Retired fire chief Mike Wolever

The new fire chief granted a lengthy, one-on-one interview with La Prensa just before his induction ceremony, which was attended by more than 100 friends and family, as well as dozens of fellow firefighters and city officials. Santiago’s oath of office was barely audible to the crowd, gathered under a tent for the ceremony, almost a symbol of his quiet nature. But he was candid during the interview.


“I stand straight and proud because of whom I’m representing. It’s about the people, the people who do the work,” he said. “This department is bigger than any one person.”


Santiago, 47, comes to the job with 27 years of firefighting and incident command experience.  He leads a department of over 500 firefighters as well as civilian dispatchers, arson investigators and administrative staff. Toledo City Council unanimously approved his appointment last week.

The new fire chief stated the public wouldn’t notice much change in how the department does business. But Santiago promised an “in-depth overhaul” of the fire department’s policies and procedures, along with a data-driven analysis of how the department’s manpower and resources are deployed. However, he described his leadership style as “inclusive.”


“I try to involve every resource I possibly can,” said Chief Santiago. “My most important resource, most valuable asset is people. So there is not much that is going to happen without a group of people coming to a conclusion on how to do something.”


Chief Santiago joined the department in May 1984 and was promoted to Lieutenant in 1988, Captain in 1993, Battalion Chief in 2000 and Assistant Chief in 2007. 


During his public remarks following his swearing-in, Santiago stated his initial ambition was to “stay on the street,” but at various points in his career he received “a tap on the shoulder:” encouragement from a superior officer to take the next exam to keep rising in rank, eventually to an administrative position.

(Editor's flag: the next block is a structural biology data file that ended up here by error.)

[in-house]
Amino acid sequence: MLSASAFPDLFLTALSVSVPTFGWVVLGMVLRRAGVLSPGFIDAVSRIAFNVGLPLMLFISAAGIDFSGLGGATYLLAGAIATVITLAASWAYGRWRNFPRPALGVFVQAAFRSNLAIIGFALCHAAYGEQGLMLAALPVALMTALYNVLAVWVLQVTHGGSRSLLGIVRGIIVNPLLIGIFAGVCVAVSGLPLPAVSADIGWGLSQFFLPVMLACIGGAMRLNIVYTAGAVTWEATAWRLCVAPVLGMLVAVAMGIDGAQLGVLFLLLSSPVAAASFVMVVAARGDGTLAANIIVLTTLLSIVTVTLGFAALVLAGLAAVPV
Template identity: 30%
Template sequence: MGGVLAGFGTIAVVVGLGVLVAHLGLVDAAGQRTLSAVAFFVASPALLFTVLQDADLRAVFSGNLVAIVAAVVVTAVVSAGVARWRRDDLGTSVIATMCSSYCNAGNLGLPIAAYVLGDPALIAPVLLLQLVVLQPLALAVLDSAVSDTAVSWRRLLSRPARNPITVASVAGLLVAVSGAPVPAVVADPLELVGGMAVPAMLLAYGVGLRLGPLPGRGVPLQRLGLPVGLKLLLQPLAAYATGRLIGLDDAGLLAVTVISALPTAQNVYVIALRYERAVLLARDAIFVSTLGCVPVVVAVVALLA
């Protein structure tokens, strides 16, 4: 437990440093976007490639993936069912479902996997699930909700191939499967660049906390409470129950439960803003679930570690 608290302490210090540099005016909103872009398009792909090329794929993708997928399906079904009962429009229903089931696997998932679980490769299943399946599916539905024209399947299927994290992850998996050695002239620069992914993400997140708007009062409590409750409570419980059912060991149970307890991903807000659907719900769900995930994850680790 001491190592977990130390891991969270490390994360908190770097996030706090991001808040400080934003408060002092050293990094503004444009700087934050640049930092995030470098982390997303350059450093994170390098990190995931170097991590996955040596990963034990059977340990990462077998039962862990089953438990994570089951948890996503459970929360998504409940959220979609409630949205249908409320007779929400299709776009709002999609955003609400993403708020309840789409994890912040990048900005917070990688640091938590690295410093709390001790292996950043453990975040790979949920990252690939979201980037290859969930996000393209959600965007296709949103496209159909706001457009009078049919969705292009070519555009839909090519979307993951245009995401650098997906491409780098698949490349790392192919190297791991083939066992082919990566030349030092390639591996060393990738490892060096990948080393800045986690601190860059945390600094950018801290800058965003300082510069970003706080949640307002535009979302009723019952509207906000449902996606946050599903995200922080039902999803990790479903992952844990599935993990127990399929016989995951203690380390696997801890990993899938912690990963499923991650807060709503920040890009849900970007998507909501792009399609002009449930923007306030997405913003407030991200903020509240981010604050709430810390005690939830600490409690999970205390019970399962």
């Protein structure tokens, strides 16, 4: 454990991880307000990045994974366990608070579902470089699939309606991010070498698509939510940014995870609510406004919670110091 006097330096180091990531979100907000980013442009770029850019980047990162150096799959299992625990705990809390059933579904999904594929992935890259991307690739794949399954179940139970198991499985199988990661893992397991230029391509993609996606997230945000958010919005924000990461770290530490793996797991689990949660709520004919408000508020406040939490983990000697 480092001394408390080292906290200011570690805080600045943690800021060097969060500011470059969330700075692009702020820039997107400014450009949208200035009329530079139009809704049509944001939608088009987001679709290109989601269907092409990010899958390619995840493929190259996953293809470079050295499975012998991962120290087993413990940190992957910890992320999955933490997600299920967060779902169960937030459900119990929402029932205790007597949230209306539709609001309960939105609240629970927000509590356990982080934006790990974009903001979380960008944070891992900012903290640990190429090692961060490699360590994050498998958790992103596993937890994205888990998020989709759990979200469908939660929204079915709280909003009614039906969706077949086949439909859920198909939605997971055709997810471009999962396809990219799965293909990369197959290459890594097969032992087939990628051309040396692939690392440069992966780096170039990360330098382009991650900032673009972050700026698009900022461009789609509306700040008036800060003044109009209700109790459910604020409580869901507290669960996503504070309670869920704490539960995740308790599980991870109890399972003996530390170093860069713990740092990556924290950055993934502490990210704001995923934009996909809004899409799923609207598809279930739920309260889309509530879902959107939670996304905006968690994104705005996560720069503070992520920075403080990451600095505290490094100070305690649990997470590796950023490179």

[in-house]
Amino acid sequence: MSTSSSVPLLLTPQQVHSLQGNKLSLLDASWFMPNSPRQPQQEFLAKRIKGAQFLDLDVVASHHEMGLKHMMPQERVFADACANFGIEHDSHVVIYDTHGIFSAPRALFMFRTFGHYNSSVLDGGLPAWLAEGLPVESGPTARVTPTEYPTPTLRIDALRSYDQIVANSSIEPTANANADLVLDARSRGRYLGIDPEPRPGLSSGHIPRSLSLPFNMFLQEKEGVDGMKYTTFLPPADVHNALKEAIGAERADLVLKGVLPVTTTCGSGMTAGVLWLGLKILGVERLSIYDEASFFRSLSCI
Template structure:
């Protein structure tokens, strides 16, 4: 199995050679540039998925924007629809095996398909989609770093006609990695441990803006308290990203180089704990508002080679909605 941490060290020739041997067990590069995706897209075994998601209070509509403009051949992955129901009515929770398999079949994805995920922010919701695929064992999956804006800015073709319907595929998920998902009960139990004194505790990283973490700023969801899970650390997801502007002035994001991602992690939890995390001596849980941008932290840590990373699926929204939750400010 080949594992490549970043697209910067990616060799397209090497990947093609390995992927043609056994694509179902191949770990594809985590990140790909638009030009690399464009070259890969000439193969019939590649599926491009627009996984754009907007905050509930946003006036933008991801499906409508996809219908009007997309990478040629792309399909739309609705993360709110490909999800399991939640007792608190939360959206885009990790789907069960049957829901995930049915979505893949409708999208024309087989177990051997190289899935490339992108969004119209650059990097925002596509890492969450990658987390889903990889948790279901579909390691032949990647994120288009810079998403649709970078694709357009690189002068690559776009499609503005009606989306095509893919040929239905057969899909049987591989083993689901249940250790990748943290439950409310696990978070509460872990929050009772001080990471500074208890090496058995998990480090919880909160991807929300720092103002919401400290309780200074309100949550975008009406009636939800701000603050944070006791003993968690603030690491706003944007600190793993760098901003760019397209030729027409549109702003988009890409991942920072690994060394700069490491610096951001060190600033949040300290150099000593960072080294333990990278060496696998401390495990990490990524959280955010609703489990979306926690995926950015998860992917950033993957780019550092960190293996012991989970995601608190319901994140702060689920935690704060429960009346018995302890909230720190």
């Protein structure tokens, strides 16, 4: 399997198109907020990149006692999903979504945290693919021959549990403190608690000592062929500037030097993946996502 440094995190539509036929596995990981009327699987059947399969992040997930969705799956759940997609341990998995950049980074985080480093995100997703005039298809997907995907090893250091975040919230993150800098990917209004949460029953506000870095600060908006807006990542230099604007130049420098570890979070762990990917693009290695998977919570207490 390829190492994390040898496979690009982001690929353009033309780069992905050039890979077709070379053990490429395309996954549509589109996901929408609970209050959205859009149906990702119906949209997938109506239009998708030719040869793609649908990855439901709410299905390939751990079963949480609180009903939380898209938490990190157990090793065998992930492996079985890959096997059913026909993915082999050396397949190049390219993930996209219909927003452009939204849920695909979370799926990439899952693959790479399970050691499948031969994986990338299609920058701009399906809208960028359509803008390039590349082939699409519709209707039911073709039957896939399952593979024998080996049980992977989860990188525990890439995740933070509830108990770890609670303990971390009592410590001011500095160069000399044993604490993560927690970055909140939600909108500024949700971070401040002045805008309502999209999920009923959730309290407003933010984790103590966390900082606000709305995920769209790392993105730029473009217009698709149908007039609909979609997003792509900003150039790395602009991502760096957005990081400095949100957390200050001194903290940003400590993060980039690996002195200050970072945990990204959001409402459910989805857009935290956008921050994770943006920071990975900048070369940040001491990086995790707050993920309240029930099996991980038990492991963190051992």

“As a Christian man of faith, I’ve come to understand your plan is not your own,” he told the crowd. “I embrace that. Sometimes you’re chosen to execute the plan.”


A strategic incident commander, Santiago oversaw the Toledo Fire Department’s delegation of first responders in the aftermath of the devastating tornado that struck Lake Township in May 2010.  During the recovery effort, he managed confined space search and rescue, the dive search team and fire response coverage.  The new fire chief also served as incident commander for the department’s response to a building collapse last year at the Fremont Co. in Fremont and the ADM grain elevator fire last fall in East Toledo.


Santiago holds various certifications from the Federal Emergency Management Agency’s (FEMA) National Incident Management System, the National Fire Academy and the U.S. Coast Guard.  He additionally serves on the advisory board of the State Fire School at Bowling Green State University, the board of trustees of Knight Academy and is a former trustee of the Toledo Firefighter Health Plan.


Santiago’s accomplishments become even more important when viewed through a wider lens. The Toledo Fire and Rescue Dept. was established in 1835. But the first Latino firefighter was not hired until 1975, when Phil Cervantes transferred from the police dept.—a period of 140 years. Cervantes recently retired, and now his son Phil Jr. is poised to join the upper echelons of the fire service: a path partially paved by his predecessors, which included Santiago.


“I think our whole minority outlook is pretty good,” said the new fire chief. “We strive to stay diverse. It’s a very important part of the department, because that just makes us more effective.”


Chief Santiago pointed out the fire department’s minority ranks can continue to improve if the Latino community continues to mentor its young people—and young Latinos also do their part.


“It takes a lot of work and it’s work that has to happen every day to prepare yourself for something like this,” he said. “You have to be a good citizen. You have to work hard. You have to preserve a good work record. Educate yourself—things along those lines. As long as you stay on a track like that, you’ll succeed at whatever you want to do.”


Even though he has given up coaching football and mentoring young athletes directly, Chief Santiago still plans to set an example for young Latinos and others in the community.


“I realize people are watching and I try to carry myself a certain way because of that,” he said.                              


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Copyright © 1989 to 2011 by [LaPrensa Publications Inc.]. All rights reserved.
Revised: 09/27/11 17:54:05 -0700.